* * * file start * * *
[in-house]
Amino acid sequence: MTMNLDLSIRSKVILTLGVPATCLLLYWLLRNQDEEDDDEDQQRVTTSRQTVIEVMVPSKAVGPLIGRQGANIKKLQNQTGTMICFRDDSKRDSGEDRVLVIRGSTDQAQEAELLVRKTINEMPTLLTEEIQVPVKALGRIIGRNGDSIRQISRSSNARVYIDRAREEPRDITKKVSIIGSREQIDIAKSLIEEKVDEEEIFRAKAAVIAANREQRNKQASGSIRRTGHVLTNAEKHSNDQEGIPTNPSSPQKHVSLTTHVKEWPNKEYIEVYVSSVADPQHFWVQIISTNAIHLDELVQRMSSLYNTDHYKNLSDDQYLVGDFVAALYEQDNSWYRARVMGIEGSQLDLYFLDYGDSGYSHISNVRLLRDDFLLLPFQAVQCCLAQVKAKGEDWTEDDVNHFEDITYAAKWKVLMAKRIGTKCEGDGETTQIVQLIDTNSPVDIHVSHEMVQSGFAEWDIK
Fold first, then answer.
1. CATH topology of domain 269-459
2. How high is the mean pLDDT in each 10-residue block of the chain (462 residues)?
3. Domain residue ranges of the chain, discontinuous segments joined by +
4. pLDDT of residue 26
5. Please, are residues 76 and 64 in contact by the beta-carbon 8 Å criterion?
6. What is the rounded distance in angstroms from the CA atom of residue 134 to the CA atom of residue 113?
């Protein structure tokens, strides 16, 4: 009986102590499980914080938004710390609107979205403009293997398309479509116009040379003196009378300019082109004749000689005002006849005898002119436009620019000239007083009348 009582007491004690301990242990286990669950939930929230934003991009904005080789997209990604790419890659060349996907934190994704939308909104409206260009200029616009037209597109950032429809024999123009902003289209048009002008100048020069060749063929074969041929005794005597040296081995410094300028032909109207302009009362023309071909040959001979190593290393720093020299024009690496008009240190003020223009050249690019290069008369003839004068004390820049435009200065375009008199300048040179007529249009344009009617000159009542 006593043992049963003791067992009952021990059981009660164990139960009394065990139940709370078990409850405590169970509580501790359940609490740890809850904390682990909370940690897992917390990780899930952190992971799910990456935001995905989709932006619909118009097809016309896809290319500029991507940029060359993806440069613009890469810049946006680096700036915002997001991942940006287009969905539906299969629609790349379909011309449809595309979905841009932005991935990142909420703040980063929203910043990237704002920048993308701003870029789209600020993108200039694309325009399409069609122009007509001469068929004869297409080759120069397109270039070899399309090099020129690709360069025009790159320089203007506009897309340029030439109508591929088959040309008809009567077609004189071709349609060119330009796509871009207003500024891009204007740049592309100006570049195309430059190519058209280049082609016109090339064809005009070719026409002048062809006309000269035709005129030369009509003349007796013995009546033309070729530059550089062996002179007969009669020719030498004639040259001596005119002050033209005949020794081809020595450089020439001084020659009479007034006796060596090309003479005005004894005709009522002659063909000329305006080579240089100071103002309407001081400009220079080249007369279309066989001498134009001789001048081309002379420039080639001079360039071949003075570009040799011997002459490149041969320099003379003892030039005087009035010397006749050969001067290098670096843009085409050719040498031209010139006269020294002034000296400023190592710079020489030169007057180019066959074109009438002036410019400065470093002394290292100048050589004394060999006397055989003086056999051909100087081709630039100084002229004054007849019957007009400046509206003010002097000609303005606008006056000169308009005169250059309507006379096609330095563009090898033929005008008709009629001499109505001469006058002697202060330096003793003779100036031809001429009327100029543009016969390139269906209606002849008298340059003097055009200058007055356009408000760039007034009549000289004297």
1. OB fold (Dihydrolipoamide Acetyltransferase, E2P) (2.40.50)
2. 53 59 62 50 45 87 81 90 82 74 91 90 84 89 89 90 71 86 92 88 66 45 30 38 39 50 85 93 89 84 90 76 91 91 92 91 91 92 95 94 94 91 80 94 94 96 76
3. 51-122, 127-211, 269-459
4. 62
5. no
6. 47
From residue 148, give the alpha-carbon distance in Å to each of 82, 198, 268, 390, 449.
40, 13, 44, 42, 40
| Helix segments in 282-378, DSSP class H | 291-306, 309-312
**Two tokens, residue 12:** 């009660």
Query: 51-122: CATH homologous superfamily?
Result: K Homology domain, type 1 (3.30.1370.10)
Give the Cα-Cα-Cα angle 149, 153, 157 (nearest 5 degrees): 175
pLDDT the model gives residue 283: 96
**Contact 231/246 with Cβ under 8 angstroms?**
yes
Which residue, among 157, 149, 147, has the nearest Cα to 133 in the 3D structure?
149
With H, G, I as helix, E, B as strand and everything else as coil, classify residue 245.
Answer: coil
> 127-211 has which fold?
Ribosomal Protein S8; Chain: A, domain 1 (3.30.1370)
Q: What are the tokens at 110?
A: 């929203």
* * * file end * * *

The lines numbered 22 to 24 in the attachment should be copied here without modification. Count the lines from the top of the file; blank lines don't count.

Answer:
Result: K Homology domain, type 1 (3.30.1370.10)
Give the Cα-Cα-Cα angle 149, 153, 157 (nearest 5 degrees): 175
pLDDT the model gives residue 283: 96